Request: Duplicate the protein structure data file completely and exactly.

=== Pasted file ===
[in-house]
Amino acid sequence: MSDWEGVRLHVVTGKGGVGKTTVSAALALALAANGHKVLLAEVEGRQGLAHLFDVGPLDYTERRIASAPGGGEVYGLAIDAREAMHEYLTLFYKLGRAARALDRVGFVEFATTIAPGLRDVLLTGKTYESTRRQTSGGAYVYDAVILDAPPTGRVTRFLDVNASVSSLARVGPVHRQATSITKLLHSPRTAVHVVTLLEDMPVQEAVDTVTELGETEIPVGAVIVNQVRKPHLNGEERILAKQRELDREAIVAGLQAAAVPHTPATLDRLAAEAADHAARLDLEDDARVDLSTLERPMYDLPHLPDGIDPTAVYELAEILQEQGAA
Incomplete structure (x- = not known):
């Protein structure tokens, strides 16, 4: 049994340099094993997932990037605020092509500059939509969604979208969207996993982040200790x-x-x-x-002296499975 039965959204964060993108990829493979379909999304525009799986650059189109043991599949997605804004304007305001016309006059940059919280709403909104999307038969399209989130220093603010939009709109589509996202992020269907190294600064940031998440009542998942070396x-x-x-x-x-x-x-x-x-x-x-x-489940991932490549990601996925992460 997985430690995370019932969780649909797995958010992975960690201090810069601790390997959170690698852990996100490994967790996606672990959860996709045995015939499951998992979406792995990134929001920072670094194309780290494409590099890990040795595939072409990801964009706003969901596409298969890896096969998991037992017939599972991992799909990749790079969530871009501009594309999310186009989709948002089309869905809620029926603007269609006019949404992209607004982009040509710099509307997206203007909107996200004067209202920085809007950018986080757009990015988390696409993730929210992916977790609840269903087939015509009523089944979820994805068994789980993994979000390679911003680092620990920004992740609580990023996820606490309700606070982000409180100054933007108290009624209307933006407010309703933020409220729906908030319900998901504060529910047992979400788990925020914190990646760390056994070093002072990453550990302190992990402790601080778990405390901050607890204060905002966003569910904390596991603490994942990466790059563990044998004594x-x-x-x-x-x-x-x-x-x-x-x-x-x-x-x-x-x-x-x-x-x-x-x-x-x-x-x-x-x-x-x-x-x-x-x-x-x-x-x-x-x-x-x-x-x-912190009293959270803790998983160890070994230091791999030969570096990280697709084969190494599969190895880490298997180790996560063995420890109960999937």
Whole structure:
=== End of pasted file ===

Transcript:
[in-house]
Amino acid sequence: MSDWEGVRLHVVTGKGGVGKTTVSAALALALAANGHKVLLAEVEGRQGLAHLFDVGPLDYTERRIASAPGGGEVYGLAIDAREAMHEYLTLFYKLGRAARALDRVGFVEFATTIAPGLRDVLLTGKTYESTRRQTSGGAYVYDAVILDAPPTGRVTRFLDVNASVSSLARVGPVHRQATSITKLLHSPRTAVHVVTLLEDMPVQEAVDTVTELGETEIPVGAVIVNQVRKPHLNGEERILAKQRELDREAIVAGLQAAAVPHTPATLDRLAAEAADHAARLDLEDDARVDLSTLERPMYDLPHLPDGIDPTAVYELAEILQEQGAA
Incomplete structure (x- = not known):
């Protein structure tokens, strides 16, 4: 049994340099094993997932990037605020092509500059939509969604979208969207996993982040200790x-x-x-x-002296499975 039965959204964060993108990829493979379909999304525009799986650059189109043991599949997605804004304007305001016309006059940059919280709403909104999307038969399209989130220093603010939009709109589509996202992020269907190294600064940031998440009542998942070396x-x-x-x-x-x-x-x-x-x-x-x-489940991932490549990601996925992460 997985430690995370019932969780649909797995958010992975960690201090810069601790390997959170690698852990996100490994967790996606672990959860996709045995015939499951998992979406792995990134929001920072670094194309780290494409590099890990040795595939072409990801964009706003969901596409298969890896096969998991037992017939599972991992799909990749790079969530871009501009594309999310186009989709948002089309869905809620029926603007269609006019949404992209607004982009040509710099509307997206203007909107996200004067209202920085809007950018986080757009990015988390696409993730929210992916977790609840269903087939015509009523089944979820994805068994789980993994979000390679911003680092620990920004992740609580990023996820606490309700606070982000409180100054933007108290009624209307933006407010309703933020409220729906908030319900998901504060529910047992979400788990925020914190990646760390056994070093002072990453550990302190992990402790601080778990405390901050607890204060905002966003569910904390596991603490994942990466790059563990044998004594x-x-x-x-x-x-x-x-x-x-x-x-x-x-x-x-x-x-x-x-x-x-x-x-x-x-x-x-x-x-x-x-x-x-x-x-x-x-x-x-x-x-x-x-x-x-912190009293959270803790998983160890070994230091791999030969570096990280697709084969190494599969190895880490298997180790996560063995420890109960999937």
Whole structure: